We are looking forward to a month of activity in October, when we will be hosting an art show featuring Kevin’s work at a local Oakland art gallery.

AUSTIN, TEXAS
By Laura Brady

On June 2, 2009, the 200th execution under Texas Gov. Rick Perry took place with the state-sponsored murder of Terry Hankins. The Austin Chapter of the CEDP participated in a protest outside of the Texas State Capital on that night shaming the “Texecutioner” for reaching this grisly milestone.

After organizing for years around the case, the Austin CEDP celebrated the release in June of Yogurt Shop defendants Michael Scott and Robert Springsteen, who are home on recognizance bonds pending trial. We held a spirited rally in August before what was to be the next pretrial hearing, but the District Attorney successfully argued for yet another continuance.  We continue to garner support for Michael and Rob’s complete innocence and demand the charges be dropped. 

In July, we hosted a gathering and potluck dinner with the Reed family in response to the Court of Criminal Appeals outrageously denying relief for Rodney Reed in spite of overwhelming evidence of his innocence.

Members of the CEDP were joined by the family of Kenneth Foster, Jr. and Michael Scott as well as many community activists and supporters.  In July, our chapter put out a call for the initial planning meeting for the 10th Annual March to Abolish the Death Penalty, which is slated to return to Austin on October 24. We are working with a statewide coalition of abolitionists to build the October march and are elated to host the event.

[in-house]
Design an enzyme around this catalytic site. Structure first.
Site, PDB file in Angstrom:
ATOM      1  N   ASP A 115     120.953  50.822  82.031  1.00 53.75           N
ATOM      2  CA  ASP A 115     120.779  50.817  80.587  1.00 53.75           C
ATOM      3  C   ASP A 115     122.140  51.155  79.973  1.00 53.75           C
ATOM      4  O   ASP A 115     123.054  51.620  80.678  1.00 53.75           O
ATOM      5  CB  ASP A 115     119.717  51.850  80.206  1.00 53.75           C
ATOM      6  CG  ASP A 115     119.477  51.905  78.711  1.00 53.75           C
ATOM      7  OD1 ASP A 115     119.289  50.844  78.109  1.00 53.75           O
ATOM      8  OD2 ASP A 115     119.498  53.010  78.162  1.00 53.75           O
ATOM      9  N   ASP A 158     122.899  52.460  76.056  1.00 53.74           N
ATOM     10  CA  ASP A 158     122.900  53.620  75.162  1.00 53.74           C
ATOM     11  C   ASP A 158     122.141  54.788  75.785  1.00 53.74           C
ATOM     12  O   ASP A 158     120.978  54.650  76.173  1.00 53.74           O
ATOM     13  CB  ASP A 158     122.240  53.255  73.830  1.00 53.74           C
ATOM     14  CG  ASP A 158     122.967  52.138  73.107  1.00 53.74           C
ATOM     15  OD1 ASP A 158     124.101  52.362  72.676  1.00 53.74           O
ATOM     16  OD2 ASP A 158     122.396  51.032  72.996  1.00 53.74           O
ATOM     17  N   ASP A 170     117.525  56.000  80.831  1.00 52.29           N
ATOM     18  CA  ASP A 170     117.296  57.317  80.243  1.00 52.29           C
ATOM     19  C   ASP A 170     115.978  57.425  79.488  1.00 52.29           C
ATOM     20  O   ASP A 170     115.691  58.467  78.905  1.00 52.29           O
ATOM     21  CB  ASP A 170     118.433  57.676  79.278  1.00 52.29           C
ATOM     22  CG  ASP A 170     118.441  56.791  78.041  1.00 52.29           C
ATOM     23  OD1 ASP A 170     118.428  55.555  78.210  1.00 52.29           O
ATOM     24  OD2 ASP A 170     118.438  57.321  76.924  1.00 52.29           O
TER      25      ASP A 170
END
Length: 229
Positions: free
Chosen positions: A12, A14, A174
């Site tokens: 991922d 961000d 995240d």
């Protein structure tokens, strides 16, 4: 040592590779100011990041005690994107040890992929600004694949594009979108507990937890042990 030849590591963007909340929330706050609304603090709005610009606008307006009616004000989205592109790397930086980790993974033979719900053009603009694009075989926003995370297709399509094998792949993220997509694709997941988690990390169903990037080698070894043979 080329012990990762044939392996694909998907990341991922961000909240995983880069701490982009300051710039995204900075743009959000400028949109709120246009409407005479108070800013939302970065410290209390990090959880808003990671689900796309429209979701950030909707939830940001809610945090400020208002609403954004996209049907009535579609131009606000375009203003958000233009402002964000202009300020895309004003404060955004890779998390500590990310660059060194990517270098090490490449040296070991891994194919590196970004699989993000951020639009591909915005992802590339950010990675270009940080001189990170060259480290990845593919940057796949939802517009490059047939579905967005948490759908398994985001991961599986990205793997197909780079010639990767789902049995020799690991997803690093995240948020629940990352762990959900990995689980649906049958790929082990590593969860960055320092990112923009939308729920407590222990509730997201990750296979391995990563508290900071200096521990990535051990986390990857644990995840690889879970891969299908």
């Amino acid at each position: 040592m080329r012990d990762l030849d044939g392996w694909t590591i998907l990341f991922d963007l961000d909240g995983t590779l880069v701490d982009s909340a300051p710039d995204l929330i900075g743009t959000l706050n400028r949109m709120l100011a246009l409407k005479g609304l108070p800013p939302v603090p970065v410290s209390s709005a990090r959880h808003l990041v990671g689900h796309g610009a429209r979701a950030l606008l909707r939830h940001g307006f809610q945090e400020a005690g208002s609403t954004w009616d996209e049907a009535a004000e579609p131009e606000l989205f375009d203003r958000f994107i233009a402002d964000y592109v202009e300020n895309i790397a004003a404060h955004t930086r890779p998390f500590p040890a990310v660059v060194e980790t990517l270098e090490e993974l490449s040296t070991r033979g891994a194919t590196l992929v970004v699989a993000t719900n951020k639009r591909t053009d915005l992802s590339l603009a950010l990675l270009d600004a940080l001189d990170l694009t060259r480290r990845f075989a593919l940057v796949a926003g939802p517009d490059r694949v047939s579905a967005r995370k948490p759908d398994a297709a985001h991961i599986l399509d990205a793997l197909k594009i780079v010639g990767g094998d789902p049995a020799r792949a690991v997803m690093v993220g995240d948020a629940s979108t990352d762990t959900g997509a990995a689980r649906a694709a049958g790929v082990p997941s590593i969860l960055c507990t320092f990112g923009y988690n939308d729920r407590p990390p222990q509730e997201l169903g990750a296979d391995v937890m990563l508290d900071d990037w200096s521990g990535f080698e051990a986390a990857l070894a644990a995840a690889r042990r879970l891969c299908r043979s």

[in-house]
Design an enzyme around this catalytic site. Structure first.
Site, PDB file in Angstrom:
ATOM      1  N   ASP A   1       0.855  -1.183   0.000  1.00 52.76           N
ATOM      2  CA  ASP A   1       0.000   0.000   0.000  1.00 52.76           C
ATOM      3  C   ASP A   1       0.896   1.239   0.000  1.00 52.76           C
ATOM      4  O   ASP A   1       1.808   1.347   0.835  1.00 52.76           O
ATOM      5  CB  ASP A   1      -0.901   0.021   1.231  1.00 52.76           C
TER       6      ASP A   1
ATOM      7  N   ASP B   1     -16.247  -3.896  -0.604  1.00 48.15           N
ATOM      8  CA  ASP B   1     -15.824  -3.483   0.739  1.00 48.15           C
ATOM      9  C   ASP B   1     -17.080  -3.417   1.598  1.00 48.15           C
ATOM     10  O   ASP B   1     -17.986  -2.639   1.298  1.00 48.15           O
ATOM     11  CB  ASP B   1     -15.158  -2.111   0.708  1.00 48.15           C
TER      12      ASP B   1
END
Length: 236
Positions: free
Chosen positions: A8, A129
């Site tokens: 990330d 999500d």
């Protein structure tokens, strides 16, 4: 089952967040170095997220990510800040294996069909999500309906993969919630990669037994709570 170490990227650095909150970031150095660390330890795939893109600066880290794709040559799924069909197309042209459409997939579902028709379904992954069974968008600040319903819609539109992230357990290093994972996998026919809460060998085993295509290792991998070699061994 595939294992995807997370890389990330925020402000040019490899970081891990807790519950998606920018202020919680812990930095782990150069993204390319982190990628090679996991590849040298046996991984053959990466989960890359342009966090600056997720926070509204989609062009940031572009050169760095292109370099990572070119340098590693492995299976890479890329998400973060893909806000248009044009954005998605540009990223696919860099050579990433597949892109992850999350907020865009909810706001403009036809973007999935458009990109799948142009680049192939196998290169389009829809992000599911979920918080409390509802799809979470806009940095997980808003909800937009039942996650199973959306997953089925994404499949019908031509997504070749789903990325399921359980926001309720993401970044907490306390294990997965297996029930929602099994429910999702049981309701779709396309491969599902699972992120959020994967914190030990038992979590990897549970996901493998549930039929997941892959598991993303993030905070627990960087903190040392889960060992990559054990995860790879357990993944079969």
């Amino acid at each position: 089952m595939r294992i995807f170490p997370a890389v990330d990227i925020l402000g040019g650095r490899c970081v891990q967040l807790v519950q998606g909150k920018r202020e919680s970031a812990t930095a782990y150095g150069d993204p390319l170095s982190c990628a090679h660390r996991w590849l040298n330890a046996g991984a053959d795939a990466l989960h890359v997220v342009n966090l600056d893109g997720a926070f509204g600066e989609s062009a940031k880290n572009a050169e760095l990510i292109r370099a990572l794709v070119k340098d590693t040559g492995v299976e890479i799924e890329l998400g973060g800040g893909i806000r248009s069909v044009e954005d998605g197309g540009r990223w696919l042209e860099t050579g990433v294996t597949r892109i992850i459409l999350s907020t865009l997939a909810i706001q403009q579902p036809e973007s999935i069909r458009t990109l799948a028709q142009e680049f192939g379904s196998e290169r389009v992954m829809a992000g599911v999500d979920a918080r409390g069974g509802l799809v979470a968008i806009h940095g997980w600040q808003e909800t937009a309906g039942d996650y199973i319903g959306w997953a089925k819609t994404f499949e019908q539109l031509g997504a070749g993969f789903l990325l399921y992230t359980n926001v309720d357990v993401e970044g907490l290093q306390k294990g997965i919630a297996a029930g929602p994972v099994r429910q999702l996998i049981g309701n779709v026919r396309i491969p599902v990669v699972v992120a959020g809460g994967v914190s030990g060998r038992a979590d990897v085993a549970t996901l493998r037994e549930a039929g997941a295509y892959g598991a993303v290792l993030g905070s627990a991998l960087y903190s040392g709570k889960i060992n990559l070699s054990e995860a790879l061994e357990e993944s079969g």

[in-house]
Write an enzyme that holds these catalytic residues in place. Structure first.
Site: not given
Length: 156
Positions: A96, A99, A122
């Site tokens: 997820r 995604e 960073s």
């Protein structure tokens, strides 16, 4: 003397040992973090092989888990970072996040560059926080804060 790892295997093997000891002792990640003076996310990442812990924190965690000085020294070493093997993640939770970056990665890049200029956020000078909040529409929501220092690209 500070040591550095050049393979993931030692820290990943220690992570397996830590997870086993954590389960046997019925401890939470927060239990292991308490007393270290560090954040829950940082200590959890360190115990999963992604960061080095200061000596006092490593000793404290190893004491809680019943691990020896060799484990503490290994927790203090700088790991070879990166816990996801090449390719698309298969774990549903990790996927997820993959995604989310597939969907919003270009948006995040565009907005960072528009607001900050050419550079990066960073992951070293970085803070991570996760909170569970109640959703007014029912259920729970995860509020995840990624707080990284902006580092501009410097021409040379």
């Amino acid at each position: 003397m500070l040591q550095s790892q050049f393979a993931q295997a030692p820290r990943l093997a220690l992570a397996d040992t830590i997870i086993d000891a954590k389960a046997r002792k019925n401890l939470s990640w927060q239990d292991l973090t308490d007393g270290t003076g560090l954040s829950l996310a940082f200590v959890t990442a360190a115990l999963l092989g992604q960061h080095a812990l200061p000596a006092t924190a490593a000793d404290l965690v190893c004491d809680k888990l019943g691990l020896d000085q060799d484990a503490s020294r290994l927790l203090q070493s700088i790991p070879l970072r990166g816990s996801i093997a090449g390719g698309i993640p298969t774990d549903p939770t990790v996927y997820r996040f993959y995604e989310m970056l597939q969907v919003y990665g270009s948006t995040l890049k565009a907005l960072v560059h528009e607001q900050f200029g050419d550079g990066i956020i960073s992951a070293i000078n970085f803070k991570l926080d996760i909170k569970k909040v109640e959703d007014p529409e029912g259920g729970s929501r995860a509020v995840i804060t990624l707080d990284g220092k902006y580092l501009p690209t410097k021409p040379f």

August saw the trial of Judge Sharon “Killer” Keller, who is facing misconduct charges for refusing to hear a last-minute appeal from death row prisoner Michael Richard, who was later executed. We held a small rally in Austin in response to the trial calling for her removal from office.

As students return to Austin, we are reestablishing our campus presence with a focus on recruitment. Our fall semester promises to remain busy as we ramp up our efforts with a series of events for our DRIVE comrade Reginald Blanton, who is facing an execution date of October 27.  We have upcoming rallies planned in both Austin and San Antonio and will highlight Reginald’s case at our annual march.

NEW YORK CITY
By Christina Mason and Tyrell Muir

The New York City chapter has focused much of its attention this year on the Troy Davis case.  We had a very successful teach-in that was organized by CEDP and Amnesty International in July, featuring both Democracy Now! host Amy Goodman and Troy’s sister Martina Correia, who is a dynamic speaker.